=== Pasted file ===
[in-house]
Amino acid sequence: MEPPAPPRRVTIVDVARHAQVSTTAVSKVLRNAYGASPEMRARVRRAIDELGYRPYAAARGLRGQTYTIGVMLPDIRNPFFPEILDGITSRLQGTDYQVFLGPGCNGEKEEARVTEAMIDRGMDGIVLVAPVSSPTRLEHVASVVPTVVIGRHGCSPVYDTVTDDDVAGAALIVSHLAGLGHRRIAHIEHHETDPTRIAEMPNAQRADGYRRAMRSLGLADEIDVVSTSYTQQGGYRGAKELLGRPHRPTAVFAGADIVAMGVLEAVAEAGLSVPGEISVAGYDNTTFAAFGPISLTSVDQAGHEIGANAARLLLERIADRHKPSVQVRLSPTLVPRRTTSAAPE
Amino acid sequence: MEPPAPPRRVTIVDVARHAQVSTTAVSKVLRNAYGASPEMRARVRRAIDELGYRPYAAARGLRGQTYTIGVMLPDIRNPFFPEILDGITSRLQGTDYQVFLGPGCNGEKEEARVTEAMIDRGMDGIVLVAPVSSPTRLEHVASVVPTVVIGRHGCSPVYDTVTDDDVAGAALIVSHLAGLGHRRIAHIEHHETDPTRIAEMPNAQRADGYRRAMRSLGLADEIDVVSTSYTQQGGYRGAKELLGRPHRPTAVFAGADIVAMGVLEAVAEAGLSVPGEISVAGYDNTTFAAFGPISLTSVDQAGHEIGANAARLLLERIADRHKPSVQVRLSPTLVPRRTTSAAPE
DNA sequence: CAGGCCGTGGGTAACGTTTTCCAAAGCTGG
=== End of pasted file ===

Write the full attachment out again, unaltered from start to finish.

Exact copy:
[in-house]
Amino acid sequence: MEPPAPPRRVTIVDVARHAQVSTTAVSKVLRNAYGASPEMRARVRRAIDELGYRPYAAARGLRGQTYTIGVMLPDIRNPFFPEILDGITSRLQGTDYQVFLGPGCNGEKEEARVTEAMIDRGMDGIVLVAPVSSPTRLEHVASVVPTVVIGRHGCSPVYDTVTDDDVAGAALIVSHLAGLGHRRIAHIEHHETDPTRIAEMPNAQRADGYRRAMRSLGLADEIDVVSTSYTQQGGYRGAKELLGRPHRPTAVFAGADIVAMGVLEAVAEAGLSVPGEISVAGYDNTTFAAFGPISLTSVDQAGHEIGANAARLLLERIADRHKPSVQVRLSPTLVPRRTTSAAPE
Amino acid sequence: MEPPAPPRRVTIVDVARHAQVSTTAVSKVLRNAYGASPEMRARVRRAIDELGYRPYAAARGLRGQTYTIGVMLPDIRNPFFPEILDGITSRLQGTDYQVFLGPGCNGEKEEARVTEAMIDRGMDGIVLVAPVSSPTRLEHVASVVPTVVIGRHGCSPVYDTVTDDDVAGAALIVSHLAGLGHRRIAHIEHHETDPTRIAEMPNAQRADGYRRAMRSLGLADEIDVVSTSYTQQGGYRGAKELLGRPHRPTAVFAGADIVAMGVLEAVAEAGLSVPGEISVAGYDNTTFAAFGPISLTSVDQAGHEIGANAARLLLERIADRHKPSVQVRLSPTLVPRRTTSAAPE
DNA sequence: CAGGCCGTGGGTAACGTTTTCCAAAGCTGG